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"British Wildlife is the pulsating heart of the UK nature conservation movement"

Matthew Oates, National Trust

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"Packed with readable, thoughtful, up to date articles; written by ecologists and naturalists for ecologists and naturalists"

Nick Baker, Presenter and Naturalist

From issue:   Issue:   British Wildlife 29.1 October 2017

Into the great unknown: the microbial diversity of a nature reserve

By - David M. Wilkinson, Angela L. Creevy, Jane Fisher

Plants and animals are usually the first things that come to mind when thinking of biodiversity, but the vast majority of life on earth is too small to be seen with the naked eye. Creating a microbe list for a nature reserve takes considerably more effort than creating a bird list, for example, but under a microscope the different species can be just as distinctive. David Wilkinson, Angela Creevy and Jane Fisher explain the importance of microscopic life, and describe their efforts to survey the microbial community of a nature reserve.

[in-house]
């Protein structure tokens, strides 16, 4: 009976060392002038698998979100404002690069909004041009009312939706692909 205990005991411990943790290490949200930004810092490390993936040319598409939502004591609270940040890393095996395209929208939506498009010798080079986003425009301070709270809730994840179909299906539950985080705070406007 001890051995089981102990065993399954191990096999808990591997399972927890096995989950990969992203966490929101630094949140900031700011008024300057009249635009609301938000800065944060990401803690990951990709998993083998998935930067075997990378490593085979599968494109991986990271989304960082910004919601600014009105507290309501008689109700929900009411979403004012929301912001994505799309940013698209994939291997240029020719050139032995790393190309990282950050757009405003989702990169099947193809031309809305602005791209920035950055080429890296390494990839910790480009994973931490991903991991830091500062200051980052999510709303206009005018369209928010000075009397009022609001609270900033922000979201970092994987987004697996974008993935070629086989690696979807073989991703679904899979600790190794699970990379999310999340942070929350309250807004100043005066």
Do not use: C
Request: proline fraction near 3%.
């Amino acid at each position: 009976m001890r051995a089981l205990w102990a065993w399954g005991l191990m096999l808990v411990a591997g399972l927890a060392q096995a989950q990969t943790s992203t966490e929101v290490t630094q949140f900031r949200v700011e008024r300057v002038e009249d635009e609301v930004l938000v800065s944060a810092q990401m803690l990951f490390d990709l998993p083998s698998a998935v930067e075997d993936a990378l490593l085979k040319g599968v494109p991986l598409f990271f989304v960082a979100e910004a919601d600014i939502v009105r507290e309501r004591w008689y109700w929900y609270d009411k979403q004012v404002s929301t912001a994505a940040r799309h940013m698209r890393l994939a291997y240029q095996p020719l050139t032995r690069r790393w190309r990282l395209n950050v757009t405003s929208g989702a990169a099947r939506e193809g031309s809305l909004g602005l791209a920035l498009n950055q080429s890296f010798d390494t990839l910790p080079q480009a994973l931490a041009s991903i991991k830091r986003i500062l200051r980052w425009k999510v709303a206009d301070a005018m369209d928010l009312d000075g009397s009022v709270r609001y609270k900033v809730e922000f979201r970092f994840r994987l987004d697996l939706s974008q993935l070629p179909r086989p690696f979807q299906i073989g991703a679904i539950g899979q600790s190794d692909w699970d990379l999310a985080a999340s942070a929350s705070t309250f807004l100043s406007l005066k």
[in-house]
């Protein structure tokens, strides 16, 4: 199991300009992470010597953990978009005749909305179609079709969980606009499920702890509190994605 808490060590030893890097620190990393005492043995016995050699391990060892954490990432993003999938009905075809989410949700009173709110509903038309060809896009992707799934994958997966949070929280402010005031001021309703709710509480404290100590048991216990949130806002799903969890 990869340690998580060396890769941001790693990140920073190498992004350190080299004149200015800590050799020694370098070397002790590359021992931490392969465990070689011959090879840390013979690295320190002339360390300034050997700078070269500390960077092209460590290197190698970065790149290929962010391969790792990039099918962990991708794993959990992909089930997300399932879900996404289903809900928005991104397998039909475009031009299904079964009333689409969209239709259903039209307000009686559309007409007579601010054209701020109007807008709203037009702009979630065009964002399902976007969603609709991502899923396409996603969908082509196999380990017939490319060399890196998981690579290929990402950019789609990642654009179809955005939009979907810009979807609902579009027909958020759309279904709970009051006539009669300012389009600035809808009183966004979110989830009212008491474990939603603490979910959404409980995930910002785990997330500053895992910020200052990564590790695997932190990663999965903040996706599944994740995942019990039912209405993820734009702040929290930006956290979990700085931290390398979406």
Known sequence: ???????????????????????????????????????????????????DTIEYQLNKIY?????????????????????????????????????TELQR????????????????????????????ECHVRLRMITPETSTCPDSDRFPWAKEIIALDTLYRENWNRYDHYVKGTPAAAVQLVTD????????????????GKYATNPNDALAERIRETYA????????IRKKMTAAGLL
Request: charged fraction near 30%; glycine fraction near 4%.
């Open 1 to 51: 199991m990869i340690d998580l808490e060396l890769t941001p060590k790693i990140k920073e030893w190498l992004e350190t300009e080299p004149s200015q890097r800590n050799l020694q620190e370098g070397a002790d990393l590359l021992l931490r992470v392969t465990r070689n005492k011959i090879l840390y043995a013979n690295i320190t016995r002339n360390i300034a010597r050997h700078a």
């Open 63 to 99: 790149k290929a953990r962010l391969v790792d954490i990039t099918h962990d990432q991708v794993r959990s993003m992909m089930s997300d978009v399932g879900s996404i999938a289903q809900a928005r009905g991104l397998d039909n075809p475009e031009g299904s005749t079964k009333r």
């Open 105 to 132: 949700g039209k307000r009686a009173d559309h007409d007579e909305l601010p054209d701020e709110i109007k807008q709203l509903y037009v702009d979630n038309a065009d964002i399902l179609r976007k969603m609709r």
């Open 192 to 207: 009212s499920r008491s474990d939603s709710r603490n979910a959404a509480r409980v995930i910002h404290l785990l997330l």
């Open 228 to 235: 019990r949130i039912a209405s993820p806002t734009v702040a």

Biologist and ant expert E. O. Wilson’s influential essay The Little Things that Run the World carried the subtitle The Importance and Conservation of Invertebrates. Wilson argued that it was invertebrates that were the animals in need of study, suggesting ‘It is a common misconception that vertebrates are the movers and shakers of the world.’

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"British Wildlife is the pulsating heart of the UK nature conservation movement."

Matthew Oates, National Trust

"The most important and informative publication on wildlife of our times"

Michael McCarthy, The Independent

"Packed with readable, thoughtful, up to date articles; written by ecologists and naturalists for ecologists and naturalists"

Nick Baker, Presenter and Naturalist